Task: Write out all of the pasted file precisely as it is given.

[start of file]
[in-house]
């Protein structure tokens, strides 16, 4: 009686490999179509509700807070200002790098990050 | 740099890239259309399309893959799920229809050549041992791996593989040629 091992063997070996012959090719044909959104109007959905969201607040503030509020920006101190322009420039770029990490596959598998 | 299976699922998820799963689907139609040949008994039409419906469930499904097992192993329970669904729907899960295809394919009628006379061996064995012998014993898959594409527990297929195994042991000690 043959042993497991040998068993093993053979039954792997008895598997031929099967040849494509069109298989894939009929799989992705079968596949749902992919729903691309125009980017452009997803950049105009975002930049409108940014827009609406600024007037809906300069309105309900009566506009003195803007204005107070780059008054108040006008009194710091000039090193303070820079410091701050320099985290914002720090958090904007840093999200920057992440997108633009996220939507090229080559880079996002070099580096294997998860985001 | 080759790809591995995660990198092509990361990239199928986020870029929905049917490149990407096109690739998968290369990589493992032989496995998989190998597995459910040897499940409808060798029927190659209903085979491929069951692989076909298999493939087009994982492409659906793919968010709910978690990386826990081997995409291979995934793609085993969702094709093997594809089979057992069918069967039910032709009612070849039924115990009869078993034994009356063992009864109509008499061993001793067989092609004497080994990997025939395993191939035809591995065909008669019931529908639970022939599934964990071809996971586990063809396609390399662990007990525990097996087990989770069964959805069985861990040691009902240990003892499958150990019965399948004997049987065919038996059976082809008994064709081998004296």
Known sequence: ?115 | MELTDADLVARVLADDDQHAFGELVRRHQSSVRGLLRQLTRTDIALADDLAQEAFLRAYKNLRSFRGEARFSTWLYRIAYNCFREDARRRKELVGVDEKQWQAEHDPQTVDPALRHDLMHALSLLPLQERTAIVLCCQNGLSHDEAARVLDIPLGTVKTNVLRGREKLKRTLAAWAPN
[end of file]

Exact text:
[in-house]
């Protein structure tokens, strides 16, 4: 009686490999179509509700807070200002790098990050 | 740099890239259309399309893959799920229809050549041992791996593989040629 091992063997070996012959090719044909959104109007959905969201607040503030509020920006101190322009420039770029990490596959598998 | 299976699922998820799963689907139609040949008994039409419906469930499904097992192993329970669904729907899960295809394919009628006379061996064995012998014993898959594409527990297929195994042991000690 043959042993497991040998068993093993053979039954792997008895598997031929099967040849494509069109298989894939009929799989992705079968596949749902992919729903691309125009980017452009997803950049105009975002930049409108940014827009609406600024007037809906300069309105309900009566506009003195803007204005107070780059008054108040006008009194710091000039090193303070820079410091701050320099985290914002720090958090904007840093999200920057992440997108633009996220939507090229080559880079996002070099580096294997998860985001 | 080759790809591995995660990198092509990361990239199928986020870029929905049917490149990407096109690739998968290369990589493992032989496995998989190998597995459910040897499940409808060798029927190659209903085979491929069951692989076909298999493939087009994982492409659906793919968010709910978690990386826990081997995409291979995934793609085993969702094709093997594809089979057992069918069967039910032709009612070849039924115990009869078993034994009356063992009864109509008499061993001793067989092609004497080994990997025939395993191939035809591995065909008669019931529908639970022939599934964990071809996971586990063809396609390399662990007990525990097996087990989770069964959805069985861990040691009902240990003892499958150990019965399948004997049987065919038996059976082809008994064709081998004296």
Known sequence: ?115 | MELTDADLVARVLADDDQHAFGELVRRHQSSVRGLLRQLTRTDIALADDLAQEAFLRAYKNLRSFRGEARFSTWLYRIAYNCFREDARRRKELVGVDEKQWQAEHDPQTVDPALRHDLMHALSLLPLQERTAIVLCCQNGLSHDEAARVLDIPLGTVKTNVLRGREKLKRTLAAWAPN